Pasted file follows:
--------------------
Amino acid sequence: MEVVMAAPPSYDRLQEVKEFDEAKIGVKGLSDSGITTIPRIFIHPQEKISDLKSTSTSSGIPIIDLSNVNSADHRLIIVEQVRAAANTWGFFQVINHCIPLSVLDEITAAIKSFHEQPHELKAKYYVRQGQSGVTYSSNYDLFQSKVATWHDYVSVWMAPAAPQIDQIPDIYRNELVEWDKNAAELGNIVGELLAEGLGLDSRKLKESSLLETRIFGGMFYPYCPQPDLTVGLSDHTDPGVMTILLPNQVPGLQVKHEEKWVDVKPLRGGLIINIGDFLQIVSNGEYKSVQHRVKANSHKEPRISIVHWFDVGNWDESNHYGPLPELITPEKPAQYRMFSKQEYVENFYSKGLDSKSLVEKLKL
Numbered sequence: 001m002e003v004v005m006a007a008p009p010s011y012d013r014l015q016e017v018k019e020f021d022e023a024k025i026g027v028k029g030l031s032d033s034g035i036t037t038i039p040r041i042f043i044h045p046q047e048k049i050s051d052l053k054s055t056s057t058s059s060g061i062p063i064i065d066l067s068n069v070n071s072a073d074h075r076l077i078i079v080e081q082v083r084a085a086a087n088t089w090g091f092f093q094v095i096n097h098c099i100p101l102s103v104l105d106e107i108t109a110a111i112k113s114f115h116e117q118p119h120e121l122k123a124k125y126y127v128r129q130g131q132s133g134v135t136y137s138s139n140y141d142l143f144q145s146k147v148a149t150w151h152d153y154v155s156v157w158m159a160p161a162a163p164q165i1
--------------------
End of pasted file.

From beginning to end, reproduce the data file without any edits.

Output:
Amino acid sequence: MEVVMAAPPSYDRLQEVKEFDEAKIGVKGLSDSGITTIPRIFIHPQEKISDLKSTSTSSGIPIIDLSNVNSADHRLIIVEQVRAAANTWGFFQVINHCIPLSVLDEITAAIKSFHEQPHELKAKYYVRQGQSGVTYSSNYDLFQSKVATWHDYVSVWMAPAAPQIDQIPDIYRNELVEWDKNAAELGNIVGELLAEGLGLDSRKLKESSLLETRIFGGMFYPYCPQPDLTVGLSDHTDPGVMTILLPNQVPGLQVKHEEKWVDVKPLRGGLIINIGDFLQIVSNGEYKSVQHRVKANSHKEPRISIVHWFDVGNWDESNHYGPLPELITPEKPAQYRMFSKQEYVENFYSKGLDSKSLVEKLKL
Numbered sequence: 001m002e003v004v005m006a007a008p009p010s011y012d013r014l015q016e017v018k019e020f021d022e023a024k025i026g027v028k029g030l031s032d033s034g035i036t037t038i039p040r041i042f043i044h045p046q047e048k049i050s051d052l053k054s055t056s057t058s059s060g061i062p063i064i065d066l067s068n069v070n071s072a073d074h075r076l077i078i079v080e081q082v083r084a085a086a087n088t089w090g091f092f093q094v095i096n097h098c099i100p101l102s103v104l105d106e107i108t109a110a111i112k113s114f115h116e117q118p119h120e121l122k123a124k125y126y127v128r129q130g131q132s133g134v135t136y137s138s139n140y141d142l143f144q145s146k147v148a149t150w151h152d153y154v155s156v157w158m159a160p161a162a163p164q165i1